PC Board Construction

Begin the modification procedure by constructing the circuit shown in Figure 3. Care should be exercised in assembling the PC board to ensure that static electricity not discharge through the microprocessor or other integrated circuits. Soldering should be done using a small, low-wattage soldering iron and resin core solder. This is not a project for beginners, so please exercise extreme care in constructing the PC board and installing it in the SK-1.

Using Figure 5 as a guide, begin by inserting the resistors and capacitors and soldering them in place. Be sure to check the polarity of capacitors C3 and C4. Install diode D1, placing the band toward the center of the board. Insert voltage regulator U3 and bend the leads to line up its mounting hole with the hole on the PC board. Attach it to the board with either a 4-40 screw and nut or a pop rivet. It is important to attach it to the board, since it must be able to dissipate heat; it uses the board as a heat sink.

[Figure 5]
Fig. 5. Assembly drawing for the SK-1 modification's PC board. Colored boxes represent solder pads.

Insert MIDI connector J1 and the sockets for U2 and U1, taking care to place the notches in the correct direction. Care should be exercised when installing the microprocessor and opto-isolator into their sockets to avoid bending pins or installing the chips backward. It may be necessary to bend the pins inward slightly by pressing each row of pins carefully against a flat surface. Connect a four-inch piece of red wire to the pad labeled VCC and a similar black wire to the pad labeled GND.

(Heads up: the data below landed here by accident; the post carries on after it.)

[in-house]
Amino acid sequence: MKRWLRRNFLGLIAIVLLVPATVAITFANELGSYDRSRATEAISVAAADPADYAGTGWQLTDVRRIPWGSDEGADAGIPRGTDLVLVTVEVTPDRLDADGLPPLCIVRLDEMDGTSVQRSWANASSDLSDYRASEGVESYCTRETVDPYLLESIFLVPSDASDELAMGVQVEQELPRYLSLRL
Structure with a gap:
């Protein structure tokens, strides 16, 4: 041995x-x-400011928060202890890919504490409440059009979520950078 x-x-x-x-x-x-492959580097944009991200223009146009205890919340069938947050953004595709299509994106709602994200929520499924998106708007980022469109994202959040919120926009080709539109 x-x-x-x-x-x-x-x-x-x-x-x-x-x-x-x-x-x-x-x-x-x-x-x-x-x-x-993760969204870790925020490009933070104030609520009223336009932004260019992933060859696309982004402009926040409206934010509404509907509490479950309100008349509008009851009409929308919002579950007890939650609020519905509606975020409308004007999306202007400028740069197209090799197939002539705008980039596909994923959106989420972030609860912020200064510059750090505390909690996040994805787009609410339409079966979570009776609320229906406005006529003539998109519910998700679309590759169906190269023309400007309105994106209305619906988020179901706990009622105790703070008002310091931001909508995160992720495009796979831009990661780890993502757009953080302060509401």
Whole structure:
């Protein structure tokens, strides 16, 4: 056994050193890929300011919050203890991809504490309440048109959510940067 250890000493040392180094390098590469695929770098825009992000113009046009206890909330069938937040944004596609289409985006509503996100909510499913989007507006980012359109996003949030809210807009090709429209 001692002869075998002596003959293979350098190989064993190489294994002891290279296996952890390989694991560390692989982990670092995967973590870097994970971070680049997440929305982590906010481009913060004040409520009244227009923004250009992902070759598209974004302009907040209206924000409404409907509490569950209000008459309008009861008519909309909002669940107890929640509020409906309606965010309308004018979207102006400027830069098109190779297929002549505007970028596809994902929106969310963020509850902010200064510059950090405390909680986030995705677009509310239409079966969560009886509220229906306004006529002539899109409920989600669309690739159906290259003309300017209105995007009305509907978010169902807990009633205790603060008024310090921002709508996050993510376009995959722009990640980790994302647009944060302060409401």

Separate and strip each wire at one end of the 12-wire ribbon cable and connect it to the 12 pads at the left end of the board, taking care to connect the wire with the tracer to pin 1.


[Figure 6]The SK-1 adapter board has several options that must be hard-wired before installation. Turn the board over and notice the nine numbered pairs of semicircular pads on the left side of the board (see Figure 6.) A blob of solder may be placed on any of these pairs to select the options listed in Figure 7. The solder blob should attach itself to both semicircles, electrically connecting them together, if that particular option is desired.